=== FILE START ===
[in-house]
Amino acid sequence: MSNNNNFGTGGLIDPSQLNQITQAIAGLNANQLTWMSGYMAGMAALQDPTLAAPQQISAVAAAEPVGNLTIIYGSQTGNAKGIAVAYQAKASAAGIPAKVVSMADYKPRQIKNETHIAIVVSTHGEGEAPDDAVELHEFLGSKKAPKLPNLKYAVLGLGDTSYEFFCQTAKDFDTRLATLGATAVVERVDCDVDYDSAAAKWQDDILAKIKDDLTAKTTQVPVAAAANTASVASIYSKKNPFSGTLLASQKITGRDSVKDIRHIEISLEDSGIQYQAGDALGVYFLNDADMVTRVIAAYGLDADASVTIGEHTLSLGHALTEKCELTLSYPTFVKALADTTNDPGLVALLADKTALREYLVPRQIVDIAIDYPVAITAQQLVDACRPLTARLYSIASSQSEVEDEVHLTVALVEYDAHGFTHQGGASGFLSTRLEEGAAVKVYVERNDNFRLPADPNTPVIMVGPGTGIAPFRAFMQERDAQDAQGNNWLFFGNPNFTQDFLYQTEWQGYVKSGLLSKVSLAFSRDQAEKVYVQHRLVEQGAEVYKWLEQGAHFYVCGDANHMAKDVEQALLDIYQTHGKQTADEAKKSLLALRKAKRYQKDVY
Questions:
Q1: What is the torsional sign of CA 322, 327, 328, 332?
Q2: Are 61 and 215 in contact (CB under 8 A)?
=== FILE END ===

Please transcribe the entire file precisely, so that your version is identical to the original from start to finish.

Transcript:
[in-house]
Amino acid sequence: MSNNNNFGTGGLIDPSQLNQITQAIAGLNANQLTWMSGYMAGMAALQDPTLAAPQQISAVAAAEPVGNLTIIYGSQTGNAKGIAVAYQAKASAAGIPAKVVSMADYKPRQIKNETHIAIVVSTHGEGEAPDDAVELHEFLGSKKAPKLPNLKYAVLGLGDTSYEFFCQTAKDFDTRLATLGATAVVERVDCDVDYDSAAAKWQDDILAKIKDDLTAKTTQVPVAAAANTASVASIYSKKNPFSGTLLASQKITGRDSVKDIRHIEISLEDSGIQYQAGDALGVYFLNDADMVTRVIAAYGLDADASVTIGEHTLSLGHALTEKCELTLSYPTFVKALADTTNDPGLVALLADKTALREYLVPRQIVDIAIDYPVAITAQQLVDACRPLTARLYSIASSQSEVEDEVHLTVALVEYDAHGFTHQGGASGFLSTRLEEGAAVKVYVERNDNFRLPADPNTPVIMVGPGTGIAPFRAFMQERDAQDAQGNNWLFFGNPNFTQDFLYQTEWQGYVKSGLLSKVSLAFSRDQAEKVYVQHRLVEQGAEVYKWLEQGAHFYVCGDANHMAKDVEQALLDIYQTHGKQTADEAKKSLLALRKAKRYQKDVY
Questions:
Q1: What is the torsional sign of CA 322, 327, 328, 332?
Q2: Are 61 and 215 in contact (CB under 8 A)?